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The Korean Journal of Pathology 1998;32(9): 655-662.
Expression of Cell Adhesion Molecules -CD44H and CD44v6- in Colorectal Carcinoma.
Dae Cheol Kim, Seo Hee Rha, Jin Sook Jeong, Sook Hee Hong
Department of Pathology, Dong-A University College of Medicine, Pusan, Korea.
During tumor progression, a subset of cells acquires metastatic properties, presumably through a series of genetic alterations. As the result, cells detach from the primary tumor, penetrate the basement membrane and invade the adjacent structures including lymph and blood vessels. Loss of adhesive functions and gain of new adhesive functions are thought to play a crucial role in this metastatic cascade. Since tumor metastasis is the principle cause of death for cancer patients including colon cancer, there is a consensus that a search for tools that allow effective assessment of the metastatic potential of tumors is a prime goal for cancer research. An immunohistochemical study of cell adhesion molecules, CD44H and its variant CD44v6, was done to evaluate their relationship with known prognostic factors related to the progression and metastasis of colorectal carcinoma in 94 cases of colorectal carcinoma tissues. The results were as follows. The CD44H expression was detected in 90 (95.7%) and CD44v6 in 53 (56.4%) out of 94 cases of colorectal carcinoma, and the CD44H was overexpressed in tumor tissue more than in normal mucosa in 62% of the cases. The expression rates of both protein were not significantly correlated with age and sex of the patients, invasion depth, lymph node metastasis, tumor differentiation, and tumor site. The coexpression of CD44H and CD44v6 in tumor was significant (p<0.05). The above results suggest that overexpression of CD44H and loss of function to control the alternative splicing of CD44 mRNA resulting in CD44v6 expression and alteration of adhesive function are closely associated with tumorigenesis of the colorectum.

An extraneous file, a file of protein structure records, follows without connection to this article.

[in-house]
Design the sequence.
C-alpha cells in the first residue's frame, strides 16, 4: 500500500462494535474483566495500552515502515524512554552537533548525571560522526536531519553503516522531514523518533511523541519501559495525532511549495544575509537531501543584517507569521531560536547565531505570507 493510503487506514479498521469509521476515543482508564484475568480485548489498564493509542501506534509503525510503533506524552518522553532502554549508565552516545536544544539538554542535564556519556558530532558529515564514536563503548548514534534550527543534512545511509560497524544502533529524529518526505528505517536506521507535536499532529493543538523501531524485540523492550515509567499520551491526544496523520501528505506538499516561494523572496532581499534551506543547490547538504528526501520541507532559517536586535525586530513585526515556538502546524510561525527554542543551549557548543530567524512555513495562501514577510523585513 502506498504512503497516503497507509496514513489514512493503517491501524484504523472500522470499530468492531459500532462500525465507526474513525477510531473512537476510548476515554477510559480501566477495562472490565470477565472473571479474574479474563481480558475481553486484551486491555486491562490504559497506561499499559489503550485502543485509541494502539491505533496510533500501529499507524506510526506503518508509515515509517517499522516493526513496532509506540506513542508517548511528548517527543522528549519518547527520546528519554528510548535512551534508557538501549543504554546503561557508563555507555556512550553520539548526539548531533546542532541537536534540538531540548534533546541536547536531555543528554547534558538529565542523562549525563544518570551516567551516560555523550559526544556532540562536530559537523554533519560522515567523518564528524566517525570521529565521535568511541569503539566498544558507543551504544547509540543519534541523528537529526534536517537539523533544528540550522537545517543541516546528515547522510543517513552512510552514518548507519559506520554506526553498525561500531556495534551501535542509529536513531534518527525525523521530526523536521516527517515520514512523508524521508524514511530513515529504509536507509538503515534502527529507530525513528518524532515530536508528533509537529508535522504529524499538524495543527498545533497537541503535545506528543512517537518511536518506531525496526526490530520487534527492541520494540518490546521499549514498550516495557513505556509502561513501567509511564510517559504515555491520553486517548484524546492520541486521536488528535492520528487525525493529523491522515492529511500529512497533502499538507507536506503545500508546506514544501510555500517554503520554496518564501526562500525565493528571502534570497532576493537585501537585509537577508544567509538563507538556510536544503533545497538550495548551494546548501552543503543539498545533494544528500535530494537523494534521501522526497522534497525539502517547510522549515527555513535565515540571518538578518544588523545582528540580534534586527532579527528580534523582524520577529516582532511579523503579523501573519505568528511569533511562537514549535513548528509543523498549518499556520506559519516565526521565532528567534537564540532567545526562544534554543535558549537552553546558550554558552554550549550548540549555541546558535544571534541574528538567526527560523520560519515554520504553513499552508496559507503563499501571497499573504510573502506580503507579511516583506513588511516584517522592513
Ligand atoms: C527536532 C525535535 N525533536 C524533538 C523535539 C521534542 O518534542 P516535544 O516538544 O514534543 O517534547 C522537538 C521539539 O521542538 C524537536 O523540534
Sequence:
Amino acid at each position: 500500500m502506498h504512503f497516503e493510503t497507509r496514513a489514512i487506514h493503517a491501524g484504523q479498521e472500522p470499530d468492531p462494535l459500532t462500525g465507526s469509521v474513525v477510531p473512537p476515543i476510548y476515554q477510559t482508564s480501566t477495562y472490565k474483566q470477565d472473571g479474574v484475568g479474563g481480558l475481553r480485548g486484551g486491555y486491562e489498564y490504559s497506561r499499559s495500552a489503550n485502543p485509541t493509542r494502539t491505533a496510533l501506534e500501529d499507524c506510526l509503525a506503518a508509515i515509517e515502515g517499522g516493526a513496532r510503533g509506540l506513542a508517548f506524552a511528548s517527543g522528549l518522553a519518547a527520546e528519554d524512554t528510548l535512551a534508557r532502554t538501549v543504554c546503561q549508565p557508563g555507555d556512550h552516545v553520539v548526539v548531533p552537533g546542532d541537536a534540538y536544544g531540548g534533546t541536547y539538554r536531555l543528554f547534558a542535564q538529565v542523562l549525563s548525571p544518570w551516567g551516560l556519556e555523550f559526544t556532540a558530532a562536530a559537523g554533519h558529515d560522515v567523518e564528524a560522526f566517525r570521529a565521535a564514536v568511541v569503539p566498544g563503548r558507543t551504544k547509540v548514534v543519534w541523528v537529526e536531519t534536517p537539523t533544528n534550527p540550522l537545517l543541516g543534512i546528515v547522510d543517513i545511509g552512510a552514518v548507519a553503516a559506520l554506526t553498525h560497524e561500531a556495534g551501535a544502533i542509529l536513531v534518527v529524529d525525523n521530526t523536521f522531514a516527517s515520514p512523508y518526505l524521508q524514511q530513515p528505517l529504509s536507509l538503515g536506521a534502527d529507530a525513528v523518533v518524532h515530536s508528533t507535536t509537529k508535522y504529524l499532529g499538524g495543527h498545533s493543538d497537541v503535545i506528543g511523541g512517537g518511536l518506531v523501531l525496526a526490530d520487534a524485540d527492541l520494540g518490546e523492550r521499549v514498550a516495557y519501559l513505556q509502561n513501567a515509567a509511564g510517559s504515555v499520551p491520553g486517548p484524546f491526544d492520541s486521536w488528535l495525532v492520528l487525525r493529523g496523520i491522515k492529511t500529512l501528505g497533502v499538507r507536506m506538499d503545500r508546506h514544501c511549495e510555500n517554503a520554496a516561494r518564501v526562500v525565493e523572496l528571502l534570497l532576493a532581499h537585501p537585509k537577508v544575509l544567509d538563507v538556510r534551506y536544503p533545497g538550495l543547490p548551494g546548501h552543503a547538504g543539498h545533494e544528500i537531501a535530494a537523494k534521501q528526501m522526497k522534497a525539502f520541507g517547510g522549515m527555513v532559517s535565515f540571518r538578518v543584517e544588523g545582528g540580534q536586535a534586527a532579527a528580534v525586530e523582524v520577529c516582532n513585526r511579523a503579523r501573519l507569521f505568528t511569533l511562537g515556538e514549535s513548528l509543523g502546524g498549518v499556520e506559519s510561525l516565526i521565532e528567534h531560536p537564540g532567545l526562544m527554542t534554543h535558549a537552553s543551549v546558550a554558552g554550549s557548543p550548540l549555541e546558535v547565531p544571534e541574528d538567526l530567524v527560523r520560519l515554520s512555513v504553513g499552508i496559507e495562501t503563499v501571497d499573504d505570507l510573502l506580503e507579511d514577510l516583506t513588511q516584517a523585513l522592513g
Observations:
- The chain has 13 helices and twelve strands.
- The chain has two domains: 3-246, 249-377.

Key Words: Colorectal carcinoma; Cell adhesion molecule; CD44H; CD44v6; Prognosis